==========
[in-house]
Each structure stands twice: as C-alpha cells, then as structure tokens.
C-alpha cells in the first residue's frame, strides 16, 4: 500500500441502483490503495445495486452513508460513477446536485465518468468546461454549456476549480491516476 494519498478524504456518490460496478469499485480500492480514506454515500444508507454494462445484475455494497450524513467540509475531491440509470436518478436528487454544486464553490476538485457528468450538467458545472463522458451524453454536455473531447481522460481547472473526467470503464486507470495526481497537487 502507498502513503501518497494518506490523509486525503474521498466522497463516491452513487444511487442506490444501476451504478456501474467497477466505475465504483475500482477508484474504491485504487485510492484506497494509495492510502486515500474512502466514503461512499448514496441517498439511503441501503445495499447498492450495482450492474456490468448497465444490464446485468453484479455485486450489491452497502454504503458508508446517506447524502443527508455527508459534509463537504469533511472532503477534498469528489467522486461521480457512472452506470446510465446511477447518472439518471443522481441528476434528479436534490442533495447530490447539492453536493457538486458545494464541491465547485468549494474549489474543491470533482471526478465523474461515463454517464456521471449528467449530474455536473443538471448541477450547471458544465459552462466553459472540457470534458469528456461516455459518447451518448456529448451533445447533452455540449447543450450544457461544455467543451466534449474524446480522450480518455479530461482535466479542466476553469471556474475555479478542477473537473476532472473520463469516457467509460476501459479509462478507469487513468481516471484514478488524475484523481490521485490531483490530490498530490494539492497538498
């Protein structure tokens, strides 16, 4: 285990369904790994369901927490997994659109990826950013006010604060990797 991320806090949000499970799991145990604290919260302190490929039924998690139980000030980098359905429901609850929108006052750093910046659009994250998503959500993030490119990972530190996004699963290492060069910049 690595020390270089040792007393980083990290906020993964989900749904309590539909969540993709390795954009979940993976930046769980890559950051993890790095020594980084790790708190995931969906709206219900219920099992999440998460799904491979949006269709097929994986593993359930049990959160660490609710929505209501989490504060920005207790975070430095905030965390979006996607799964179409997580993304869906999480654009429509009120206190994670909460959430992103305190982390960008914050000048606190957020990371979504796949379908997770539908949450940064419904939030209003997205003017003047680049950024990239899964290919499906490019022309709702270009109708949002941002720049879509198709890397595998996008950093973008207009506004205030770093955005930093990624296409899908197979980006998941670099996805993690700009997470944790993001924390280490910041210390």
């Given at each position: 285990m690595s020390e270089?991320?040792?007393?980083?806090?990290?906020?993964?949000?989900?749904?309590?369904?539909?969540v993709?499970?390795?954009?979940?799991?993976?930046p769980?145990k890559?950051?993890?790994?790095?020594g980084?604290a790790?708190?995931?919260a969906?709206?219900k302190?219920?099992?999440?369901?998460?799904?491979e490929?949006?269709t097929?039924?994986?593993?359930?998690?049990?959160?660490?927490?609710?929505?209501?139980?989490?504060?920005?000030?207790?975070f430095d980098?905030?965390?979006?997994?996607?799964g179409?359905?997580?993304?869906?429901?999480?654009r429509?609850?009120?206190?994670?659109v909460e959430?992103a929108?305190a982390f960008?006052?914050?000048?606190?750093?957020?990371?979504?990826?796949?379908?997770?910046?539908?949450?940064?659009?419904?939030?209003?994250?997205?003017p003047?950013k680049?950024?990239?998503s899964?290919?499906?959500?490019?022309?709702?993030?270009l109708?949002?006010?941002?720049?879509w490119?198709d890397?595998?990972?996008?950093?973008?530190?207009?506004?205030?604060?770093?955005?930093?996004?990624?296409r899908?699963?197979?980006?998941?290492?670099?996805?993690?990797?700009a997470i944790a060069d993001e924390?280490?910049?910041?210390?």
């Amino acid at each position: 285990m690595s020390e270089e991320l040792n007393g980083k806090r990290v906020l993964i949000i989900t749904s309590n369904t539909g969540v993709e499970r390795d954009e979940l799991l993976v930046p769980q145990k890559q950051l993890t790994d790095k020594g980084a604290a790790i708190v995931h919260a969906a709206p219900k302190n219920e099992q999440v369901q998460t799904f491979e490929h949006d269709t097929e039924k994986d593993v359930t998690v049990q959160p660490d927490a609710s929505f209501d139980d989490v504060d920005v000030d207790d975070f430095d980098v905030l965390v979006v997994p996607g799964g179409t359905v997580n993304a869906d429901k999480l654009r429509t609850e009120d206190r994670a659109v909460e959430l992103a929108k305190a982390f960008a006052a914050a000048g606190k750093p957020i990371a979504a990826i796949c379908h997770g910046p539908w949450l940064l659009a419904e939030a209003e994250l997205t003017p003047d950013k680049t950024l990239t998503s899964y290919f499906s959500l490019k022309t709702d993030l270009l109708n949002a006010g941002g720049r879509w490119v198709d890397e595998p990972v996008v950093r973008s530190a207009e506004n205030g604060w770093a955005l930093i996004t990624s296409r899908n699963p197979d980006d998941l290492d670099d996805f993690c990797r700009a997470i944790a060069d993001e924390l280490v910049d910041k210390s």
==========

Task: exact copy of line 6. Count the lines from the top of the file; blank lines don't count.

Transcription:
């Amino acid at each position: 285990m690595s020390e270089e991320l040792n007393g980083k806090r990290v906020l993964i949000i989900t749904s309590n369904t539909g969540v993709e499970r390795d954009e979940l799991l993976v930046p769980q145990k890559q950051l993890t790994d790095k020594g980084a604290a790790i708190v995931h919260a969906a709206p219900k302190n219920e099992q999440v369901q998460t799904f491979e490929h949006d269709t097929e039924k994986d593993v359930t998690v049990q959160p660490d927490a609710s929505f209501d139980d989490v504060d920005v000030d207790d975070f430095d980098v905030l965390v979006v997994p996607g799964g179409t359905v997580n993304a869906d429901k999480l654009r429509t609850e009120d206190r994670a659109v909460e959430l992103a929108k305190a982390f960008a006052a914050a000048g606190k750093p957020i990371a979504a990826i796949c379908h997770g910046p539908w949450l940064l659009a419904e939030a209003e994250l997205t003017p003047d950013k680049t950024l990239t998503s899964y290919f499906s959500l490019k022309t709702d993030l270009l109708n949002a006010g941002g720049r879509w490119v198709d890397e595998p990972v996008v950093r973008s530190a207009e506004n205030g604060w770093a955005l930093i996004t990624s296409r899908n699963p197979d980006d998941l290492d670099d996805f993690c990797r700009a997470i944790a060069d993001e924390l280490v910049d910041k210390s």